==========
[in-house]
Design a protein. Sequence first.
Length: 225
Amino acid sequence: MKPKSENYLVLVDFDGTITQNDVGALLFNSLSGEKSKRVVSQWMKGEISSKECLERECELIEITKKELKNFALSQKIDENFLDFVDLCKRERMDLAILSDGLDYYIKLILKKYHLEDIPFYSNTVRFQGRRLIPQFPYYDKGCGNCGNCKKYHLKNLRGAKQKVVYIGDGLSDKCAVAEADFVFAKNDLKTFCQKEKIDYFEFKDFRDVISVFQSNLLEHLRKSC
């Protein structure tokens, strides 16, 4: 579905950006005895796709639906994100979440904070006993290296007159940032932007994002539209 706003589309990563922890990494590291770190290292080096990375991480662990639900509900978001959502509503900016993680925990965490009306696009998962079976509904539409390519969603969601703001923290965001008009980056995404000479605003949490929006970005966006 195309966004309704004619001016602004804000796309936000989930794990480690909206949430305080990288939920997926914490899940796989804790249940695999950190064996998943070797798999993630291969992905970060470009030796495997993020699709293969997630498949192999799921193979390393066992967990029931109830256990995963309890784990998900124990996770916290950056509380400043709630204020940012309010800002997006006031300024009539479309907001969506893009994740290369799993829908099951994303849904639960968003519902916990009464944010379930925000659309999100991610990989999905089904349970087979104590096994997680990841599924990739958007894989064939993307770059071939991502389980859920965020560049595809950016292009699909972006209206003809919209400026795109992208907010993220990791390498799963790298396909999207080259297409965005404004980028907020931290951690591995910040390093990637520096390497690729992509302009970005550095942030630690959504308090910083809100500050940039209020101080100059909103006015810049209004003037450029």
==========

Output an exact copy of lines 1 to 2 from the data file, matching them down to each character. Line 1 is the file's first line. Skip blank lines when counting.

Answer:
[in-house]
Design a protein. Sequence first.